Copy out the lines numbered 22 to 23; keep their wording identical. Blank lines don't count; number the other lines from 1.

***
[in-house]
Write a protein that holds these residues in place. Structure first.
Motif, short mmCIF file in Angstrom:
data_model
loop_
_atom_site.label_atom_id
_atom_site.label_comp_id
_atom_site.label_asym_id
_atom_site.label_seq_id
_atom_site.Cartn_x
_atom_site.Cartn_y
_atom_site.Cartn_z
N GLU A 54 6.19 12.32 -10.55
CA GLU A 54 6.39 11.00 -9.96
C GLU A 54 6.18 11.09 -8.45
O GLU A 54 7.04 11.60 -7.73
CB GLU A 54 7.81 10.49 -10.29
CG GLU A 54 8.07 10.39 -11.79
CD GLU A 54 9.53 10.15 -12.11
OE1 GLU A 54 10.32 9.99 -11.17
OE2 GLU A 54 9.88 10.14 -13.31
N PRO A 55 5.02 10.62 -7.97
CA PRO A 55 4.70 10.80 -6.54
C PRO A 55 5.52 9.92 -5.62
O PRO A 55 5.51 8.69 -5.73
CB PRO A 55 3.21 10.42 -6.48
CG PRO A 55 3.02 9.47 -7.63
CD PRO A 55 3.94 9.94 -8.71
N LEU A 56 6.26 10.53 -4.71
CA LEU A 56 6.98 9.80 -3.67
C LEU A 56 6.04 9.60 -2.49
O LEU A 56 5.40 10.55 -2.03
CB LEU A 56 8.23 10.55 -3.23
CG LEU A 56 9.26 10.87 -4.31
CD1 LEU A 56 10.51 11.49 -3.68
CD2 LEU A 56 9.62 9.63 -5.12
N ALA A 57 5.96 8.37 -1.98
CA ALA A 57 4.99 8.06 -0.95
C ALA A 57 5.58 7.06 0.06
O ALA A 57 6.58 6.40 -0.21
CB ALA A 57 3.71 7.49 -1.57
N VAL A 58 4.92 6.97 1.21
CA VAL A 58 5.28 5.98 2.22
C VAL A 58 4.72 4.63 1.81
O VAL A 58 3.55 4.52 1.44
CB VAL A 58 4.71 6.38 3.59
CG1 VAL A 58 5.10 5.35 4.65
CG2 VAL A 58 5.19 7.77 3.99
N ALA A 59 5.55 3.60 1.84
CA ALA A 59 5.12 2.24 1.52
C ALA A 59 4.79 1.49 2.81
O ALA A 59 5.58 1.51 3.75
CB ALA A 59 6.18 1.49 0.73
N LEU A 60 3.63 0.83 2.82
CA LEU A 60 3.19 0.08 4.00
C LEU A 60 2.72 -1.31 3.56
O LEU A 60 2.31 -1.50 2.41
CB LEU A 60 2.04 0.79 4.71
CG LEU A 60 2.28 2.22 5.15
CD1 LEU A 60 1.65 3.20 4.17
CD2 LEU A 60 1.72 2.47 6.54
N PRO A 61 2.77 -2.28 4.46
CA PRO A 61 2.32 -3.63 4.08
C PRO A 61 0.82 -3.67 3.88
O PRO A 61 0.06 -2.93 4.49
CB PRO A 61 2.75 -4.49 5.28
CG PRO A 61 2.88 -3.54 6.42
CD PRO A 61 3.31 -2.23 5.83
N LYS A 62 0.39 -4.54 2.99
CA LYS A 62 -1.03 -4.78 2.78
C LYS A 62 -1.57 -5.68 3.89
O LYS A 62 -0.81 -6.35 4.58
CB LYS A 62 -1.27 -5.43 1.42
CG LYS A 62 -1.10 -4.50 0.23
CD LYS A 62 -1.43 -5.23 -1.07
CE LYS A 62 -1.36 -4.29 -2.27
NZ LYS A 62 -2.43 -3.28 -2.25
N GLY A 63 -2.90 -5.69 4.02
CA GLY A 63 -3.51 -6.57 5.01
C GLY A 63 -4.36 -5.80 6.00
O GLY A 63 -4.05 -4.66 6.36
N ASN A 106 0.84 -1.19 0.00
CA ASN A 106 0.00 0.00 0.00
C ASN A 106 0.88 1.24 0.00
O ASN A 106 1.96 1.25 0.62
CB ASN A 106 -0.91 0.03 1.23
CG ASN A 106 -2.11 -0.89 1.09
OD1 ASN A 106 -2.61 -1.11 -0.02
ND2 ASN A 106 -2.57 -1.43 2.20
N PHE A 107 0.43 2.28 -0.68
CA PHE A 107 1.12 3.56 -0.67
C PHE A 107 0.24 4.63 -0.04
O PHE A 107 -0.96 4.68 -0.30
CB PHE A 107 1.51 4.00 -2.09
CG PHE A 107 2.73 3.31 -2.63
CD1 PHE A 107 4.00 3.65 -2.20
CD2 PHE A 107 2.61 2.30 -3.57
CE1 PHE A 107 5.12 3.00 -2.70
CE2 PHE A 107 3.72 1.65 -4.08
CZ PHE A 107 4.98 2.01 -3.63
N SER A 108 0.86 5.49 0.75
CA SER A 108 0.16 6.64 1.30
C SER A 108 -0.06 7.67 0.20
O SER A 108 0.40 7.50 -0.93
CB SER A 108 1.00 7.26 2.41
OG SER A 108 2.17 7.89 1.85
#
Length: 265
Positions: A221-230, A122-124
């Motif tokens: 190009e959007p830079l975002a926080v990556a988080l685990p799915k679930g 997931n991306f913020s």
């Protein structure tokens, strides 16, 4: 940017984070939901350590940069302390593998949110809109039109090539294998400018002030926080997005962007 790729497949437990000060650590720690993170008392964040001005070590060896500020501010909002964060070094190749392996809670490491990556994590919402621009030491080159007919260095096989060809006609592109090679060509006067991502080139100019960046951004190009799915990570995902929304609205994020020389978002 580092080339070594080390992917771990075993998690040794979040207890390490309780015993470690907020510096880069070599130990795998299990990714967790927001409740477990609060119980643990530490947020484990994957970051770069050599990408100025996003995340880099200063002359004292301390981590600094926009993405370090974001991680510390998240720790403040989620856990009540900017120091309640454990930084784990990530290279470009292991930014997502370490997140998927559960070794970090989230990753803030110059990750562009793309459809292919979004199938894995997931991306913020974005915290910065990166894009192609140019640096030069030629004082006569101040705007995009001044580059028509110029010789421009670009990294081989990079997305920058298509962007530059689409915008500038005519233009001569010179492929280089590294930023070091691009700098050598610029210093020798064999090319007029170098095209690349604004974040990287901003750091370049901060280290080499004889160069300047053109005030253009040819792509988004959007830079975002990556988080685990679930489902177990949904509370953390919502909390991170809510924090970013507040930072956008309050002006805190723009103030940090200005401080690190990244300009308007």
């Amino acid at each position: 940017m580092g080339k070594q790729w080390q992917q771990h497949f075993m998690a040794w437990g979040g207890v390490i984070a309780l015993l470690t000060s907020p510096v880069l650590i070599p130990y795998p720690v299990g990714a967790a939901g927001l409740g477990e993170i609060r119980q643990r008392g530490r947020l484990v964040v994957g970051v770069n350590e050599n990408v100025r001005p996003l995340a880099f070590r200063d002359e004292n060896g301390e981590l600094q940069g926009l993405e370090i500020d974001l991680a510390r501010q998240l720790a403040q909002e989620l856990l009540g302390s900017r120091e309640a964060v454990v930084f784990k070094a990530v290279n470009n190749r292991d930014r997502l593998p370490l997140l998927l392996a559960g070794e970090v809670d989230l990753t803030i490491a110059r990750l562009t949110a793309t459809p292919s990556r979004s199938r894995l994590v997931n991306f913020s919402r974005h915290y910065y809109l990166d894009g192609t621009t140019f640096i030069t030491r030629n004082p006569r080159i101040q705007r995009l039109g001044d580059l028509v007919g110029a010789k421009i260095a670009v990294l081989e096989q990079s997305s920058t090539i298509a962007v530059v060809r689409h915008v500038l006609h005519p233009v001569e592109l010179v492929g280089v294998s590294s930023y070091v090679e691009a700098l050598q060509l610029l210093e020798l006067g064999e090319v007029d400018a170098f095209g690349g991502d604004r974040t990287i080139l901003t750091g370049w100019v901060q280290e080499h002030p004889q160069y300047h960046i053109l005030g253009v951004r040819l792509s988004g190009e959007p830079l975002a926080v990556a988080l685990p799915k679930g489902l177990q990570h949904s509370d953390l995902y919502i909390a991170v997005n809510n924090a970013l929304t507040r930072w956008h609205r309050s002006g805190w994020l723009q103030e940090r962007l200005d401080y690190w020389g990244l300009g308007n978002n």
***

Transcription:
N PRO A 55 5.02 10.62 -7.97
CA PRO A 55 4.70 10.80 -6.54